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Research article2021Peer reviewedOpen access

Fecal Short-Chain Fatty Acid Ratios as Related to Gastrointestinal and Depressive Symptoms in Young Adults

Muller, Bettina; Rasmusson, Annica J.; Just, David; Jayarathna, Shishanthi; Moazzami, Ali; Novicic, Zorana Kurbalija; Cunningham, Janet L.


Objective: Short-chain fatty acids (SCFAs) are produced by the gut microbiota and may reflect health. Gut symptoms are common in individuals with depressive disorders, and recent data indicate relationships between gut microbiota and psychiatric health. We aimed to investigate potential associations between SCFAs and self-reported depressive and gut symptoms in young adults.Methods: Fecal samples from 164 individuals (125 were patients with psychiatric disorders: mean [standard deviation] age = 21.9 [2.6] years, 14% men; 39 nonpsychiatric controls: age = 28.5 [9.5] years, 38% men) were analyzed for the SCFA acetate, butyrate, and propionate by nuclear magnetic resonance spectroscopy. We then compared SCFA ratios with dimensional measures of self-reported depressive and gut symptoms.Results: Depressive symptoms showed a positive association with acetate levels (rho = 0.235, p =.003) and negative associations with both butyrate (rho = -0.195, p =.014) and propionate levels (rho = -0.201, p =.009) in relation to total SCFA levels. Furthermore, symptoms of diarrhea showed positive associations with acetate (rho = 0.217, p =.010) and negative associations with propionate in relation to total SCFA levels (rho = 0.229, p = 0-007). Cluster analysis revealed a heterogeneous pattern where shifts in SCFA ratios were observed in individuals with elevated levels of depressive symptoms, elevated levels of gut symptoms, or both.Conclusions: Shifts in SCFAs are associated with both depressive symptoms and gut symptoms in young adults and may have of relevance for treatment.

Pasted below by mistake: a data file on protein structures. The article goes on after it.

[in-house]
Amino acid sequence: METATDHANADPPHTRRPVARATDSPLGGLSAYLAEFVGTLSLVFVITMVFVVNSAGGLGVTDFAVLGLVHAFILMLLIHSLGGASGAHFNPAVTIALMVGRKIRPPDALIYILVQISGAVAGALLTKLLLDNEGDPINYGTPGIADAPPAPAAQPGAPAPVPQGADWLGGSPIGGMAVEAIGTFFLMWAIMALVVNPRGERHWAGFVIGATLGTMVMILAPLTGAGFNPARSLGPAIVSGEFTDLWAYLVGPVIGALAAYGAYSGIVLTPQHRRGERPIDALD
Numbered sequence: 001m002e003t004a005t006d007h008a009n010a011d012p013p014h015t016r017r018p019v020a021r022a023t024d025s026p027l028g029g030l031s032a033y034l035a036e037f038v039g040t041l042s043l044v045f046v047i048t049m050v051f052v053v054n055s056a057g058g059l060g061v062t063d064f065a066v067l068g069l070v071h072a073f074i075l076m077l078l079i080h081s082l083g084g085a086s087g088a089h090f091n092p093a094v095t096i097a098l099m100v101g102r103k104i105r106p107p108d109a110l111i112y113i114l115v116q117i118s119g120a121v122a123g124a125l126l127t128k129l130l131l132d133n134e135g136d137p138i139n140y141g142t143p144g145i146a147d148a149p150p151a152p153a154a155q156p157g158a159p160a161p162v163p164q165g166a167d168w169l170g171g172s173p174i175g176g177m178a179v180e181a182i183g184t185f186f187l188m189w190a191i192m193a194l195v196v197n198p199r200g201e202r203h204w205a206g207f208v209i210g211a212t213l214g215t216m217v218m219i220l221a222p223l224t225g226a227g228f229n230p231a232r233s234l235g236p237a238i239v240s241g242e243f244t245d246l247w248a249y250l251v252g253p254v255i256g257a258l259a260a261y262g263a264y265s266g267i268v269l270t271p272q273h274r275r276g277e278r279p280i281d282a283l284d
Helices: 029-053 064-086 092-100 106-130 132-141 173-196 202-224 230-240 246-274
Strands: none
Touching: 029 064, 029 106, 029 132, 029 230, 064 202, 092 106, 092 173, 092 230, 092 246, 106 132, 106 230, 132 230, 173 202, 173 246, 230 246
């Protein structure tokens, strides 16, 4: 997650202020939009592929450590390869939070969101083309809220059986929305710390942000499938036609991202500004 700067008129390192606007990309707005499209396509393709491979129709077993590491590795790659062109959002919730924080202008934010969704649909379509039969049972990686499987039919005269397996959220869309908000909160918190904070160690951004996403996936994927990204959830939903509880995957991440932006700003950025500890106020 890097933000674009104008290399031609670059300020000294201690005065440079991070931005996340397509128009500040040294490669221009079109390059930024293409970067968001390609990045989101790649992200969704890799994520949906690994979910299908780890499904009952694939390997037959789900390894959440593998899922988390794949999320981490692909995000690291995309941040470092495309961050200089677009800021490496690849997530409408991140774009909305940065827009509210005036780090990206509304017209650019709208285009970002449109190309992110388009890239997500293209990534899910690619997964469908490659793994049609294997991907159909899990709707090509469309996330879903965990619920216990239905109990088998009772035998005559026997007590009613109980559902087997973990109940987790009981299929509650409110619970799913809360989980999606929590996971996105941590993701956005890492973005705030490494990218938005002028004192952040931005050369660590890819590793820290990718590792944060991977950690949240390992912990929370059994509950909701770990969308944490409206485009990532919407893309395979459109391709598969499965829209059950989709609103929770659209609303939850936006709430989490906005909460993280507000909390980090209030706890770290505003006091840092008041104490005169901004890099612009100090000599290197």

depressive disorders; gut microbiota; NMR; SCFA; gut symptoms

Published in

Psychosomatic medicine
2021, Volume: 83, number: 7, pages: 693-699